Everyone seemed to like them, Amy was here and took several home with her for their supper and Lyle and Bettie had them with salad for supper. 
  These are easy enough for even the beginning baker and I hope some of our readers might try them.
Soft Oat Rolls
Preheat oven to 375°    Yield: about 1 ½ dozen
⅔ cup quick cooking oats
½ cup sugar
¼ cup softened butter
½ teaspoon salt
3/4 cup boiling water
1 package (¼ ounce) active dry yeast
½ cup warm water 110° to 115°
1 egg beaten
3 ½ cup to 4 cups all purpose flour
  In a mixing bowl, combine the oats, sugar, butter and salt. Stir in boiling water; cool to 110° - 115°. Dissolve yeast in warm water. Stir into oat mixture with the beaten egg and enough flour to form a soft dough. Turn onto a floured surface; knead until smooth and elastic, about 5 minutes. Cover and let rest for 10 minutes. 
  Roll to ½ inch thickness. Cut with a floured 2 ½ inch biscuit cutter. Place 2 inch apart on lightly greased baking sheet.

  Cover and let rise in a warm place until doubled, about 1 hour. Bake at 375° for 15 to 20 minutes or until golden brown. Remove from pan to wire rack. Serve warm

Kidney Beans with Onions

  Here’s a recipe from the cookbook "The Art of Hermann German Cooking" (from Hermann, Missouri) that is simple, delicious, and good for you too.  It made a perfect side dish with brats off the grill.  I thought it was too much onion, I was wrong, it’s just right.  The real butter is really all the seasoning this dish needs.  This amount worked perfectly in my 8” cast iron skillet, and makes 3 or 4 side servings. 
I’ve learned to like beans of all kinds, after hating them as a kid.  Recipes like this might have changed my mind sooner.

Kidney Beans with Onions
  2           cups  kidney beans, canned -- or cooked
     1/2    cup  onion -- sliced
  1 1/2    tablespoons  butter
               salt -- to taste
               green pepper -- finely chopped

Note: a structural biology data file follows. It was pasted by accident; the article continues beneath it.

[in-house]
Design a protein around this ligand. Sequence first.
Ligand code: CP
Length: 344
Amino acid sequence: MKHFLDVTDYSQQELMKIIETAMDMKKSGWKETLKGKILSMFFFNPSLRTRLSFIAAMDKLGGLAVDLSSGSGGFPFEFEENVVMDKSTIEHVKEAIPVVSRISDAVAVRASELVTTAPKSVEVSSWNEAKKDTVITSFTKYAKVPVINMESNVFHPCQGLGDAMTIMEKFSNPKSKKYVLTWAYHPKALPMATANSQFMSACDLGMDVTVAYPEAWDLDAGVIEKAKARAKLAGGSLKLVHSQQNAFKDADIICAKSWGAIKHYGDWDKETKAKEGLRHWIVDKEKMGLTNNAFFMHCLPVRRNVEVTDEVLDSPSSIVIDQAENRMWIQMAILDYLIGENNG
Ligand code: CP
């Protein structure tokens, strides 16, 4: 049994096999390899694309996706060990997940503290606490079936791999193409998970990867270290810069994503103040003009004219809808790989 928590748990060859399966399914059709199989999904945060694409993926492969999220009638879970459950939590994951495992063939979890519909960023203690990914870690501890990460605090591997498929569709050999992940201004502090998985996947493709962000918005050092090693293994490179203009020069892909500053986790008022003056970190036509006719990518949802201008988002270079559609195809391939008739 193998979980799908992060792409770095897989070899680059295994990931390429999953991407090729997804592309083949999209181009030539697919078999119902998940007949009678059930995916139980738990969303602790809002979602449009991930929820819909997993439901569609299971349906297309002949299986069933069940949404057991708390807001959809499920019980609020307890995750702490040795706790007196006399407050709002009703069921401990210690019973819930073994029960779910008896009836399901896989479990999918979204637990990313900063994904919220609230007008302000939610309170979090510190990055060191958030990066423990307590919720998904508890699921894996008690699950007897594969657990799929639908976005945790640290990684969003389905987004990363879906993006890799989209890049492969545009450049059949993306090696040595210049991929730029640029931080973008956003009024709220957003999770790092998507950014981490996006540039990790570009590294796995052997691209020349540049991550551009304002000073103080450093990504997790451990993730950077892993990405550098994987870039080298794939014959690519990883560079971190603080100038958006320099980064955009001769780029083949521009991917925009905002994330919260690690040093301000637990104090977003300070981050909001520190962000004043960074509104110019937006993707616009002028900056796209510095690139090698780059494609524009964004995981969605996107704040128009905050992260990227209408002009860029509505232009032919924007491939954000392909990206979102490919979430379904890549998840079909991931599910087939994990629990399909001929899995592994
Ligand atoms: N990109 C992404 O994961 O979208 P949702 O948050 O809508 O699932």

Melt butter and sauté onion slices until soft and slightly brown.  Rinse and drain beans and add to onions.  Mix lightly to coat beans with butter.

Add remaining seasoning and heat through.  Garnish with finely chopped green pepper.

From the Garden...Summer Cucumber and Sweet Pepper Salad

Don and Bonnie let us pick cucumbers from their great garden; I had Redskin red peppers from my patio pots - I had to make cucumber salad.   It’s great with almost anything from the grill or to complement a main dish or sandwich. It keeps several days in the refrigerator and improves in taste, so it’s a good make-ahead and brightens up any family or company meal, and can be multiplied for picnics and pot-lucks.
Summer Cucumber and Sweet Pepper Salad
1 Pound Cucumbers -- peeled and thinly sliced
1 Celery Stalk -- thinly sliced
1/2 Green Bell Pepper -- thinly sliced
1/2  Red Bell Pepper -- thinly sliced
1/2 Medium Onion -- thinly sliced
1 Tablespoon Salt
6 Tablespoons Sugar
6 Tablespoons White Vinegar
"Redskin" Peppers
1/2 Teaspoon Celery Seed
1/4 Teaspoon Mustard Seed
  • Layer vegetables with salt in glass bowl; let stand at room temperature, stirring occasionally, 1 hour. Drain and rinse off salt thoroughly.
  • Meanwhile bring sugar and next ingredients to a boil in medium saucepan over medium-high heat. Boil, stirring constantly, 1 minute or until sugar is dissolved. Let stand 1 hour. Pour evenly over vegetables. Cover and chill 2 hours or overnight. Serves 6

Per Serving : 73 Calories; trace Fat (2.9% calories from fat); 1g Protein; 18g Carbohydrate; 1g Dietary Fiber; 0mg Cholesterol; 1074mg Sodium. Exchanges: 0 Grain(Starch); 0 Lean Meat; 1 Vegetable; 0 Fat; 1 Other Carbohydrates.

Black Bean Minestrone Soup

This is a recipe for a version of minestrone soup; I don’t know how authentic it is, but it doesn’t matter to us as it’s delicious and nutritious, as well as budget friendly.  It has plenty of protein and 15 grams of fiber!    If you don’t have black beans, use red beans.               
We like soups like this with some good whole grain crackers and fruit for dessert.  It's fast to make anytime of year.
Black Bean Minestrone Soup
  2          cans  beef consomme -- 10 1/2 ounces each
  2          cups  chunky spaghetti sauce
  1          cup  carrots -- sliced
     1/2   cup  onion -- finely chopped
  2          teaspoons  parsley -- minced
  1          teaspoon  italian seasoning -- or basil
  1          small  bay leaf
  1          cup  frozen peas -- or fresh
  2          ounces  small pasta -- shells, ditalini, etc.
  2          cups  cooked black beans -- or canned, rinsed and drained
  4         tablespoons  parmesan cheese
In a large saucepan, combine the first 7 ingredients; simmer 15 minutes, stirring occasionally.  Add peas, beans and pasta; simmer 5-10 minutes more or until vegetables are tender.  Discard bay leaves.  Ladle into soup bowls, top with cheese.
4 servings

Can substitute 2 3/4 cups beef broth for consommé.